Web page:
How a Call-Out Works
Call Any Time - As we’ve been updating and streamlining the callout system, we’ve discovered that many people don’t know how a callout flows; that is, what happens before, during and after a callout. Here’s a rundown. This is not meant to be a how-to guide, but just a description of a callout for those who have never seen it from end to end.
Events Leading Up - Not every missing person automatically results in a SAR callout. There’s a number of safeguards and checks that go on first.
- "I think my friend’s lost." The first alarm comes from the reporting party (RP), who may be a friend, relative, employer, or acquaintance. Often they wait for hours before calling while they do their own search for the lost person. When they do decide to call for help (usually about dark!), they call 911, or they tell a camp host, or they flag down a forest ranger.
- "9-1-1. What’s your emergency?" When Central Dispatch, the County’s radio dispatching and 911 center, gets a call from the RP (or from another agency such as the Forest Service), the call taker in Central interviews the RP over the phone to see if this is an ordinary missing person, a runaway, or a true SAR.
- "12 Adam, copy a possible SAR." If it’s a true SAR and there’s a SAR Coordinator on duty, and they’re available, Central Dispatch sends him or her to the incident. As often as not, though, they have to send a patrol deputy. The patrol deputy drives to the scene, meets the RP and confirms this is a real SAR. He or she may search obvious places, or perhaps Forest Service personnel have started their own search. If nothing turns up, the patrol deputy calls Central Dispatch for a SAR Coordinator.
- "Hello, Scott? Sorry to wake you but...": Once the request is OK’d by the duty sergeant, Central radios, phones, or pages a SAR Coordinator. If no one is on duty, they’ll phone one at home (Coordinators love it when this happens). The Coordinator must get the facts, decide what resources are needed, where the Command Post (CP) will be, and other things. He has several options, depending on what he’s learned from the patrol deputy, the urgency, and other factors:
- May drive to scene and interview RP before starting a callout.
- May start a callout immediately and meet the searchers at the scene.
- May set up command center in the OES office.
- May call in another SAR Coordinator to share duties.
The Callout Begins - Less than half of the SAR calls that the Sheriff’s Department receives ever become callouts. Either it never really was a SAR, or the person gets found (by the patrol deputy or the Forest Service), or the person walks out. So, if there’s actually a callout, we’re pretty sure it’s serious. Here’s how the callout goes.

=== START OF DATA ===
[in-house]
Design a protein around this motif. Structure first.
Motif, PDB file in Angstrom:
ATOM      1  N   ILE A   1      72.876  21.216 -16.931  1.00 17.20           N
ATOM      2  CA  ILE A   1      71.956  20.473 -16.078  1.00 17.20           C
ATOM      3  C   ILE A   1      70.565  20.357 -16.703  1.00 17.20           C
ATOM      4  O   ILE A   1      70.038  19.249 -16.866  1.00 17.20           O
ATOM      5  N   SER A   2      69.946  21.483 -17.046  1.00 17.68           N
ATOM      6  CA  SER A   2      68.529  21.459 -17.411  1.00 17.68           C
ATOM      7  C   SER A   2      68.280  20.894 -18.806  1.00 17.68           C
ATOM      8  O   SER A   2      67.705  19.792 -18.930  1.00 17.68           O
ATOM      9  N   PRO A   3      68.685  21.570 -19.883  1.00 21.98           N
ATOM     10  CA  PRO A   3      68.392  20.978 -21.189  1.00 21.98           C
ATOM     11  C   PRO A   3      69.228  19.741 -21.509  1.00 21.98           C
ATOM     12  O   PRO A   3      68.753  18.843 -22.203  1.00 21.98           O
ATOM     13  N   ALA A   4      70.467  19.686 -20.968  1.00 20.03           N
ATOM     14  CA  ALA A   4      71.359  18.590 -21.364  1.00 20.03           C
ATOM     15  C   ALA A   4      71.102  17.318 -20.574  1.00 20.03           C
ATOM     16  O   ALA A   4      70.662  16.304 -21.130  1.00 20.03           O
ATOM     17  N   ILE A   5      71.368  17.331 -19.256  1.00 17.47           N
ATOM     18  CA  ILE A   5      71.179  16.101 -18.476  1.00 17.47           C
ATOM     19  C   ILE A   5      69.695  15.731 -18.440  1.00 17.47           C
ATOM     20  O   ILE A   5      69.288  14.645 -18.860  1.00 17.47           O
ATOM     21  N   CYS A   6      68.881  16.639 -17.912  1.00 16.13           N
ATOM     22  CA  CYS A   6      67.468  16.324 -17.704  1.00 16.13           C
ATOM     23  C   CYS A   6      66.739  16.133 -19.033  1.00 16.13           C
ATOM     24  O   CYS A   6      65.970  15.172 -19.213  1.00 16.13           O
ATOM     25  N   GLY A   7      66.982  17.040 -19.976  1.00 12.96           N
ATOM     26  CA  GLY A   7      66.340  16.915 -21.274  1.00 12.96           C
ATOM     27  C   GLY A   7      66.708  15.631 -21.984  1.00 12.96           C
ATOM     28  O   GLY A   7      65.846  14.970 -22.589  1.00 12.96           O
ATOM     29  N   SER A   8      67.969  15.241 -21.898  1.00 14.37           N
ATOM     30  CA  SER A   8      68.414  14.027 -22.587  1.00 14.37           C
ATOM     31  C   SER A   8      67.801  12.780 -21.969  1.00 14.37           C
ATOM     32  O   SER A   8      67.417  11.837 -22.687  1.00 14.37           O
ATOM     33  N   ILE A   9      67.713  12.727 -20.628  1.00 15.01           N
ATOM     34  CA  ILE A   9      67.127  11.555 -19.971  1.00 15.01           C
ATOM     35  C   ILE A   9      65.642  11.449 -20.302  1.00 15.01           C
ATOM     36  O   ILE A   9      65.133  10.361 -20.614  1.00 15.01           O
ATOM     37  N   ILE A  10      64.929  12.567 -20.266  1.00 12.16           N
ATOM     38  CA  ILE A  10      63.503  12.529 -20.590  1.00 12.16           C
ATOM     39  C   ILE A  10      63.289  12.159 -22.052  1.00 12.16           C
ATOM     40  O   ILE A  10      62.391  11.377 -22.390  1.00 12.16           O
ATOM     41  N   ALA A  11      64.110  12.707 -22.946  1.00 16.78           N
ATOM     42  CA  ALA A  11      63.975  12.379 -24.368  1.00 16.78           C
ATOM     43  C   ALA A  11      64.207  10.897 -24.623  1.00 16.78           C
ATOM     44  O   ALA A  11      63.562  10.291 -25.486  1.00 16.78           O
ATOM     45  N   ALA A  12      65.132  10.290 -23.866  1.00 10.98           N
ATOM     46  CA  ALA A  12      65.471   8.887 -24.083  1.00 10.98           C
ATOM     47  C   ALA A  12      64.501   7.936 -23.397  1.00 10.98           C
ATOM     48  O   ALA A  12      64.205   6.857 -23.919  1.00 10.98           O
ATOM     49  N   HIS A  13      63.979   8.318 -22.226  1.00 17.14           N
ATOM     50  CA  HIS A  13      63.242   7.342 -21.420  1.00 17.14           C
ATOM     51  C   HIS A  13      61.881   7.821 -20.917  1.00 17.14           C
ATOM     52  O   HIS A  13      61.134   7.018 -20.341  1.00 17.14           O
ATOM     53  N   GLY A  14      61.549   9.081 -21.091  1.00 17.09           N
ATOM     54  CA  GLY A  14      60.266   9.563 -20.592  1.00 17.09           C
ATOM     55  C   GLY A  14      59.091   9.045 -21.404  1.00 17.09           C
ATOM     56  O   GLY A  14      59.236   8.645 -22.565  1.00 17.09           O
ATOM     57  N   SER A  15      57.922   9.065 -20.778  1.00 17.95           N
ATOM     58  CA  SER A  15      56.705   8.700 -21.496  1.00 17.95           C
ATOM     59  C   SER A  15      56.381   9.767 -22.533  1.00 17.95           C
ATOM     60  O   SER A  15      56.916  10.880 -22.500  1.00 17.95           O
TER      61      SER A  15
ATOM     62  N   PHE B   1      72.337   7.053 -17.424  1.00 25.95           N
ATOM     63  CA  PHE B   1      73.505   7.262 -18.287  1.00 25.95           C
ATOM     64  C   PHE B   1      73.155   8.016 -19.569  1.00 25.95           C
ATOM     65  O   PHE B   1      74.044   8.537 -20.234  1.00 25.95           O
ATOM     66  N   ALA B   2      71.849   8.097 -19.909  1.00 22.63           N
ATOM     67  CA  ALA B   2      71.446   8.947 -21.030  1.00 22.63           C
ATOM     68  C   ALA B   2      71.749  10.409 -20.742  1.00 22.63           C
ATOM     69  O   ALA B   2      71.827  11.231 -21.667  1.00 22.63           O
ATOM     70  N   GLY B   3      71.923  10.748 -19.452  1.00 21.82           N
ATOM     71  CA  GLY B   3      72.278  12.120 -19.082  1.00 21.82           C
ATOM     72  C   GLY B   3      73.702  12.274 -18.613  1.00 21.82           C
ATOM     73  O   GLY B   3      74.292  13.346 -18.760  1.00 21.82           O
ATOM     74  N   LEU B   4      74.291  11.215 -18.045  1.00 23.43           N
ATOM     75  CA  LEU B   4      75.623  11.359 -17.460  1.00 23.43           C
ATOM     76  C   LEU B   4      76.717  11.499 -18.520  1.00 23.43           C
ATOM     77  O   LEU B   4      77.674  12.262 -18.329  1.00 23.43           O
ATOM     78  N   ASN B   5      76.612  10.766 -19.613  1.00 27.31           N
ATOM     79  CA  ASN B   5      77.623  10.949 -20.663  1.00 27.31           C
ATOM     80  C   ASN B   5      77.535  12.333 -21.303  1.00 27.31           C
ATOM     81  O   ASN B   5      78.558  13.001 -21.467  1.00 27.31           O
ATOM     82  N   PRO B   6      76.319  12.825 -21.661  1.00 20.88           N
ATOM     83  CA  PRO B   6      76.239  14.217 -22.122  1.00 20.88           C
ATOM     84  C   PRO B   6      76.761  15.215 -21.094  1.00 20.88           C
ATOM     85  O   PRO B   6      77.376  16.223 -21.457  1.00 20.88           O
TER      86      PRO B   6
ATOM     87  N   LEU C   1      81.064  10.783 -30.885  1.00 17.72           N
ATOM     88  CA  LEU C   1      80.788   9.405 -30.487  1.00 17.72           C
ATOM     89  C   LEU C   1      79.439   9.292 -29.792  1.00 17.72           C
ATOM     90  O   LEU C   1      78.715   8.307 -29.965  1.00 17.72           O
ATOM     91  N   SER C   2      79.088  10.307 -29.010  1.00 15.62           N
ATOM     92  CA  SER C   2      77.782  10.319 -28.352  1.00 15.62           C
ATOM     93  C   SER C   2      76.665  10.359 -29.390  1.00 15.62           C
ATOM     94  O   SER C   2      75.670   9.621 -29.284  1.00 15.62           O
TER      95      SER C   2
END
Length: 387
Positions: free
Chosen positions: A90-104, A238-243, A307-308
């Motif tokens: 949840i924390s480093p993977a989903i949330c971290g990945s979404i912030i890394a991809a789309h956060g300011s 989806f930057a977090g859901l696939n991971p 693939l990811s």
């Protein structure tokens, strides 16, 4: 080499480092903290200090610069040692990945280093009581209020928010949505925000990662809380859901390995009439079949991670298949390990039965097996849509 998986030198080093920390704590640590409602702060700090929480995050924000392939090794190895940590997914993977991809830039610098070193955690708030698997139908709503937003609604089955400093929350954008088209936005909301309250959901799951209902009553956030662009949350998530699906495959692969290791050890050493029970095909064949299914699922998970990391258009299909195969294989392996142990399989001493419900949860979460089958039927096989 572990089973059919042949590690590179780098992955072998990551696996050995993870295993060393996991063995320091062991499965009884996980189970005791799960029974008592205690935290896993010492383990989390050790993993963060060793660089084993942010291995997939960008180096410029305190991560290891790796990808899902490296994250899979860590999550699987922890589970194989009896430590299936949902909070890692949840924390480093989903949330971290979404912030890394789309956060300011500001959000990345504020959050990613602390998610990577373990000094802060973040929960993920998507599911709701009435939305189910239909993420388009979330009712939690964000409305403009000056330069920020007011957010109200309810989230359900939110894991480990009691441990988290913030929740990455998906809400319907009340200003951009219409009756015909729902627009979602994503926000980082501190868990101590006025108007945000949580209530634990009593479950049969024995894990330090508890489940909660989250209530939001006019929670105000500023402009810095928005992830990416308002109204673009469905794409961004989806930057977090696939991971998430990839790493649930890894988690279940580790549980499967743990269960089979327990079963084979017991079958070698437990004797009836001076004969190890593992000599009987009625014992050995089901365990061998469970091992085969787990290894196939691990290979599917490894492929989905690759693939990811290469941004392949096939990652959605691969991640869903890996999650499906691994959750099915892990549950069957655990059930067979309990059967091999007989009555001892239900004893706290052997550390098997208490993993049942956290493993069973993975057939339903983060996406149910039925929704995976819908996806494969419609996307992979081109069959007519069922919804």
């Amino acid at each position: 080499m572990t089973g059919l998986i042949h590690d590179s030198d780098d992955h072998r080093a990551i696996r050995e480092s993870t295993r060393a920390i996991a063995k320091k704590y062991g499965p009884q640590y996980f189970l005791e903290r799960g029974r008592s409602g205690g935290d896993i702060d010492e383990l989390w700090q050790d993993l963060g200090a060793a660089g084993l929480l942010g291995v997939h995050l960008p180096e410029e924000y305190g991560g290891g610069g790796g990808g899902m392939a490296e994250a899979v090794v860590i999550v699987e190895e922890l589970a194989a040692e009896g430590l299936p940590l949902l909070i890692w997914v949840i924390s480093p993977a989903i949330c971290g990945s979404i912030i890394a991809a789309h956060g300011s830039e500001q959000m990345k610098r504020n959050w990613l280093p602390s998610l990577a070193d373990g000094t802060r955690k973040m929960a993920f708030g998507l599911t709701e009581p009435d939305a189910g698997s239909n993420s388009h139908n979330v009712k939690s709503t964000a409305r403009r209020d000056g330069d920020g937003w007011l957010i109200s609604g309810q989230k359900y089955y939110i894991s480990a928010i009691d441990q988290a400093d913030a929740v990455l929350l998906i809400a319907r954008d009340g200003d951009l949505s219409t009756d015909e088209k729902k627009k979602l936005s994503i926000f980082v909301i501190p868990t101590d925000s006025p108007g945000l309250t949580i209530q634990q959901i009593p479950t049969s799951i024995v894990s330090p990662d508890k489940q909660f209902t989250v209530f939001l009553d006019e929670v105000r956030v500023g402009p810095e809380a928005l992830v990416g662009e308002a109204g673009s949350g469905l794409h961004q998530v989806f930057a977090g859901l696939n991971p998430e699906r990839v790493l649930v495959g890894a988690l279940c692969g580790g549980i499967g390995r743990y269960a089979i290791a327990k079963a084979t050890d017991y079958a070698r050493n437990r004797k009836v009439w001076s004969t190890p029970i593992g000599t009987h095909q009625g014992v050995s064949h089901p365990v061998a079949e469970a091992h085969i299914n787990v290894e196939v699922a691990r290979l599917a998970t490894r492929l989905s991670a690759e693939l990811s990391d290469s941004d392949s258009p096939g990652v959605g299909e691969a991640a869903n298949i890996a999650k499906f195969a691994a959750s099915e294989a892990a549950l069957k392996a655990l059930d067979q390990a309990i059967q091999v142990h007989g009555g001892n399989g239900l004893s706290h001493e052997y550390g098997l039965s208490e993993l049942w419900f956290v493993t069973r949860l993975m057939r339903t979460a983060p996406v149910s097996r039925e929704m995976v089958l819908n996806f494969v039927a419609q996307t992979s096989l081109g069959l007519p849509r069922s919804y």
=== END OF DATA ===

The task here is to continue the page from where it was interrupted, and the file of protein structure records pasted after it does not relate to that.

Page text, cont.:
- "Hello, Betty? I know its 2 a.m. but...": The SAR Coordinator pages or phones a callout team member (CTM). Often unseen but vitally important, the CTM is a key person in the callout process. The CTM takes down all the information from the Coordinator over the phone, including the nature of incident (search, technical rescue, body recovery, etc), the specialties needed, the meeting place and time, and directions if necessary. The next thing the CTM must do is translate the Coordinator’s directions into something Joe Searcher (who may have never been there before) can follow, even at 2 a.m. With road maps, USFS maps, and even topographic maps spread all over the kitchen table, this may take a few minutes.
- "This is a callout...": Once the CTM has assembled the directions and all the other information into a coherent whole, he or she phones the hotline and records the callout message we all hear when we dial 621-6555.
- "Hello, Linda? Got a search. Can you call your people?" Once the Hotline is taken care of, the CTM starts paging and calling the key people in every team. Some teams (like Mounted) have a few who call the whole team, while larger teams (like Sierra West) have up to a dozen block leaders who in turn page and call five or six other people. The CTM knows who to call because he or she has copies of every team’s callout list. The callout list shows all the search-ready people, their phone numbers (up to the three each) and their specialties.
- "Who moved the door?!" The block leader (after stumbling around the bedroom looking for the door) finally staggers into the kitchen and calls the Hotline for the details. Then he or she gets out the team’s callout list and starts paging and phoning the handful of people assigned to him.
The block leader’s callout duties are done when he or she has either called all the numbers of all his people, or has actually spoken to them. Block leaders are (ahem!) supposed to leave messages on answering machines.
- "Honey, your pager. Honey, wake up." If everything goes according to plan and the lost subject stays lost, phones and pagers all over the County are now going off. Searchers are donning uniforms, carrying gear out to the car, and driving off into the darkness.
There’s no question that it’s a sacrifice, but most searchers do it over and over again, willingly. More than one father or mother has said how reassured they’ve been by the stream of headlights coming up the road, and have seen all the people who are willing to come and search any time, anywhere.
Sept 1998 Lost & Found Newsletter